The Bugey is small viticultural area whose fame doesn’t extend much farther than the city of Lyons, where its sparkling Cerdon and Montagnieu have long been staples in bistros.
Located in the eastern part of the Ain department, which is better known for its poulet de Bresse (the only French poultry with its own AOC) and its freshwater fish, the Bugey is a series of low altitude hills forming the most southern tip of the Jura range. In distance, it is closer to Savoie than to viticultural Jura, so, if mentioned at all, it is often considered a part of Savoie.
Winemakers in the Bugey beg to differ. They feel that their region has a soil and a climate all its own, which produce wines found nowhere else in France (Cerdon being the less obscure example of Bugey’s originality).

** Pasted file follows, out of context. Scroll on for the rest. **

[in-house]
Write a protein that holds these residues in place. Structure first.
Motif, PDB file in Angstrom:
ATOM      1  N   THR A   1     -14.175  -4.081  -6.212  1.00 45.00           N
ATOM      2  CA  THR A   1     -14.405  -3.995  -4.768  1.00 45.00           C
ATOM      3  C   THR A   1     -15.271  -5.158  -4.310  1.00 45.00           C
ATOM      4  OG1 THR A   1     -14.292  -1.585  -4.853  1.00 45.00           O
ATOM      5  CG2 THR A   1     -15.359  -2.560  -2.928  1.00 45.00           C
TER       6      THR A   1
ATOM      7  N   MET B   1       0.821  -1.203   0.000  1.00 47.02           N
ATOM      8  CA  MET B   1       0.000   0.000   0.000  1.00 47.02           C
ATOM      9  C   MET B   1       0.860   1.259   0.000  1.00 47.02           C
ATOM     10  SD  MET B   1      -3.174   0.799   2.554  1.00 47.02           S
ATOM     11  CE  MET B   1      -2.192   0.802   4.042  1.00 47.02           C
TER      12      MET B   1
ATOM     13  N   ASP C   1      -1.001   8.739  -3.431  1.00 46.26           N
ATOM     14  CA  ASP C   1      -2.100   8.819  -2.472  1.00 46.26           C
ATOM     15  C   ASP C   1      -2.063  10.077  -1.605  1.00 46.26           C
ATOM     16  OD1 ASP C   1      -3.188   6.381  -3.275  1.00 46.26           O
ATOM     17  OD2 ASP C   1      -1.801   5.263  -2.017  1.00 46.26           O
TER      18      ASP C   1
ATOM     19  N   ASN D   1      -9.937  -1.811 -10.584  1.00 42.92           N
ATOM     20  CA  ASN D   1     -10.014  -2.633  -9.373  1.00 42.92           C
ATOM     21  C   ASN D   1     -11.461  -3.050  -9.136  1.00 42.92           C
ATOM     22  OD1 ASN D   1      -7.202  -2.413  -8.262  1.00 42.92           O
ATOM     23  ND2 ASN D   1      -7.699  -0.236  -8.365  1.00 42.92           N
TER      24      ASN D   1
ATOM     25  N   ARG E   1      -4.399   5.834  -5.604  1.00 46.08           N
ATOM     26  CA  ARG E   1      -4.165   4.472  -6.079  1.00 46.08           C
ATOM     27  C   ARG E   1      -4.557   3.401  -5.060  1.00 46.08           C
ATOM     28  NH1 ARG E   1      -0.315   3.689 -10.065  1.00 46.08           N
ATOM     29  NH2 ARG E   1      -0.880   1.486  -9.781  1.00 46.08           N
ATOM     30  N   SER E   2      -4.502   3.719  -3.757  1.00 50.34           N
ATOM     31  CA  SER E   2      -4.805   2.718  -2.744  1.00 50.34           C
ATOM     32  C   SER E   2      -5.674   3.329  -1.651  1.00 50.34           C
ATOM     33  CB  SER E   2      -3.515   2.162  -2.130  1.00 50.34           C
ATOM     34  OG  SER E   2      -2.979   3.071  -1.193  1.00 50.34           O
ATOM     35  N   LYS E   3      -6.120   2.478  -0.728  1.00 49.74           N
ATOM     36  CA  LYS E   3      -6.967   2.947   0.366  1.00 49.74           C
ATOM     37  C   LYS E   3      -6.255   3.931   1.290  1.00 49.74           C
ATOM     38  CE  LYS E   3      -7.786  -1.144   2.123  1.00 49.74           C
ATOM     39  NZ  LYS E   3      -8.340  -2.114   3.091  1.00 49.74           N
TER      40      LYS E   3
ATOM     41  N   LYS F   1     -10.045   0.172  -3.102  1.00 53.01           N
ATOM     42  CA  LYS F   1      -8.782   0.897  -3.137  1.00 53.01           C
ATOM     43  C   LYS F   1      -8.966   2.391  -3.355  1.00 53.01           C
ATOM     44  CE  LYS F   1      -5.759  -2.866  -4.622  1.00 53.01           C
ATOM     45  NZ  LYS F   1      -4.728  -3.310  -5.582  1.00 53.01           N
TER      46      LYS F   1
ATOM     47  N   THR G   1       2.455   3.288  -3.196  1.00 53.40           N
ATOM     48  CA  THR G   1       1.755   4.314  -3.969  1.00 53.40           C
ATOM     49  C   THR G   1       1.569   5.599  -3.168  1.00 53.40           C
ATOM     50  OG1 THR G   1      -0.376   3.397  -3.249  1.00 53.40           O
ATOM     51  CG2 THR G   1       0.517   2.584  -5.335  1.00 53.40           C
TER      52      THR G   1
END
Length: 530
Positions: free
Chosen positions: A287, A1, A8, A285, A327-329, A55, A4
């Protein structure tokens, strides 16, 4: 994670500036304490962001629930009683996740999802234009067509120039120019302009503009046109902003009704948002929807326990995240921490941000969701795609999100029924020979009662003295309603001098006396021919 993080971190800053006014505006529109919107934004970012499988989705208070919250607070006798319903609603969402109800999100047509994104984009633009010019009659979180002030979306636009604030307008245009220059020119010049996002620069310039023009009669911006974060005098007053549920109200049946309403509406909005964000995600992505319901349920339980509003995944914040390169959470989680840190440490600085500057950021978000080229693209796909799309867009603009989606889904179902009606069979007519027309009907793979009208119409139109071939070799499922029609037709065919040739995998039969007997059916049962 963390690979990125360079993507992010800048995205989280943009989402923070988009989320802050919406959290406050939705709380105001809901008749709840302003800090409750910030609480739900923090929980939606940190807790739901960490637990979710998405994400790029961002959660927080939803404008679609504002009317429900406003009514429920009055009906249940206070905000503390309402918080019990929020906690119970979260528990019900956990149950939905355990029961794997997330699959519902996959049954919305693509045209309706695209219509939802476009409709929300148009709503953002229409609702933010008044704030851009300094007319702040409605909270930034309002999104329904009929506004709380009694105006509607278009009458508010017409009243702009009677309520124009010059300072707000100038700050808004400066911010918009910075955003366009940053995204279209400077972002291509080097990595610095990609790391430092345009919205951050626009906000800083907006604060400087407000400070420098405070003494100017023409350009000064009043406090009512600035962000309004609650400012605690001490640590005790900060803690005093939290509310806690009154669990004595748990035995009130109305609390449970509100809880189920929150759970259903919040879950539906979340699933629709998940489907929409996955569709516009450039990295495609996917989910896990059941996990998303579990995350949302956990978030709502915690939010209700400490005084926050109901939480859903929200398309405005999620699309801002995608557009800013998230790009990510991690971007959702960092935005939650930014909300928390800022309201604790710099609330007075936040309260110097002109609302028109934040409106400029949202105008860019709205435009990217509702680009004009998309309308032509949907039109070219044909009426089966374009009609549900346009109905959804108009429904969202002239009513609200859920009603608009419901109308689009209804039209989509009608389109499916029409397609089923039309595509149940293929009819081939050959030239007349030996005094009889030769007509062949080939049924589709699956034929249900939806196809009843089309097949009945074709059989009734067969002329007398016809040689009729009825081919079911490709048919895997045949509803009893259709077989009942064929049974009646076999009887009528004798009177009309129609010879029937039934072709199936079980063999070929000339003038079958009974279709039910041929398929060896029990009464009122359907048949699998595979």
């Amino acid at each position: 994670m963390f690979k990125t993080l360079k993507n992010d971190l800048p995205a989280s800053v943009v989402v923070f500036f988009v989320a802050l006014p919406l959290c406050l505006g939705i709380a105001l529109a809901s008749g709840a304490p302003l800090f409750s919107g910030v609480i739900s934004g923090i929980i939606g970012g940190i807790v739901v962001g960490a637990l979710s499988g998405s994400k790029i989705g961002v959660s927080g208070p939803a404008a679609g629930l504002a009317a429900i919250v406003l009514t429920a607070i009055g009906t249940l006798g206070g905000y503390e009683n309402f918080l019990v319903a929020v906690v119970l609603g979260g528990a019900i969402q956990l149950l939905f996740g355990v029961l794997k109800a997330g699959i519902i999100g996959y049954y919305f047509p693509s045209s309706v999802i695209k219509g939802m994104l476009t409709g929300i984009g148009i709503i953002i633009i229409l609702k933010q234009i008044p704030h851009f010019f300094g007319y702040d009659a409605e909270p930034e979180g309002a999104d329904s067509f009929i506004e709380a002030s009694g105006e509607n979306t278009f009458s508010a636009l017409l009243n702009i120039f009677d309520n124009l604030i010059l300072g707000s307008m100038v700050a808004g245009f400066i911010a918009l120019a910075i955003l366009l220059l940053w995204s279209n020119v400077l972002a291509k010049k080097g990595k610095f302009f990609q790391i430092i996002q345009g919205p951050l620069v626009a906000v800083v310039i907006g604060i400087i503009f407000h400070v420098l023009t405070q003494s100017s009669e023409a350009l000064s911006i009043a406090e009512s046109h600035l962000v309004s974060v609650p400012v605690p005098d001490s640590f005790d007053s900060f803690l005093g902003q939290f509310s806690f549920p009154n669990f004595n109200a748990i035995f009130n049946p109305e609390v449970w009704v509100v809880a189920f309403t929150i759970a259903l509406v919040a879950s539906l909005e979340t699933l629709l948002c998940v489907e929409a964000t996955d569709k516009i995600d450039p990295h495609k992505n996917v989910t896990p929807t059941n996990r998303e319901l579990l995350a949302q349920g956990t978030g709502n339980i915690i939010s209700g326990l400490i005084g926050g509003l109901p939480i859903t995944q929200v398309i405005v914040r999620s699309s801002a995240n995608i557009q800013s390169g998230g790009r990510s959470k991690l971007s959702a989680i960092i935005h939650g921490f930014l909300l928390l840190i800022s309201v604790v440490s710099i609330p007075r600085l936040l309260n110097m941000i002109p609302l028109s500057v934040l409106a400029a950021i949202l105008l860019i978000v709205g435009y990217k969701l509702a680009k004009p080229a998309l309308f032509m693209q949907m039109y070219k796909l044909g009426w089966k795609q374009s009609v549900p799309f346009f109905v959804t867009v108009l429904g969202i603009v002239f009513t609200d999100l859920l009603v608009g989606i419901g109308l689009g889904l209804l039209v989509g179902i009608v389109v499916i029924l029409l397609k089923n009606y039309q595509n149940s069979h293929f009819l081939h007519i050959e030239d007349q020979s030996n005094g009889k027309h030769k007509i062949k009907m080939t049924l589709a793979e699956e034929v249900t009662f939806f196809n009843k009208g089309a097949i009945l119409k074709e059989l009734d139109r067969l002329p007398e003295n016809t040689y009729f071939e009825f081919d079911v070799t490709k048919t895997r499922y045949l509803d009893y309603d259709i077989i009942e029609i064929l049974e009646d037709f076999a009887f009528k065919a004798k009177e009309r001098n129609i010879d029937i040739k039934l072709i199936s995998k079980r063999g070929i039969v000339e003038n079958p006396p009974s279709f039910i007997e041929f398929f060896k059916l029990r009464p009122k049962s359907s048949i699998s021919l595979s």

Montagnieu is a village south of Cerdon, with premières côtes overlooking the Rhône valley, and most of its production is a white sparkling wine made from Chardonnay, Roussette de Savoie, Gamay and Jacq...
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Naturally-made Pinot Noir with a little splash of Riesling and Merlot from an Avant Garde kiwi producer.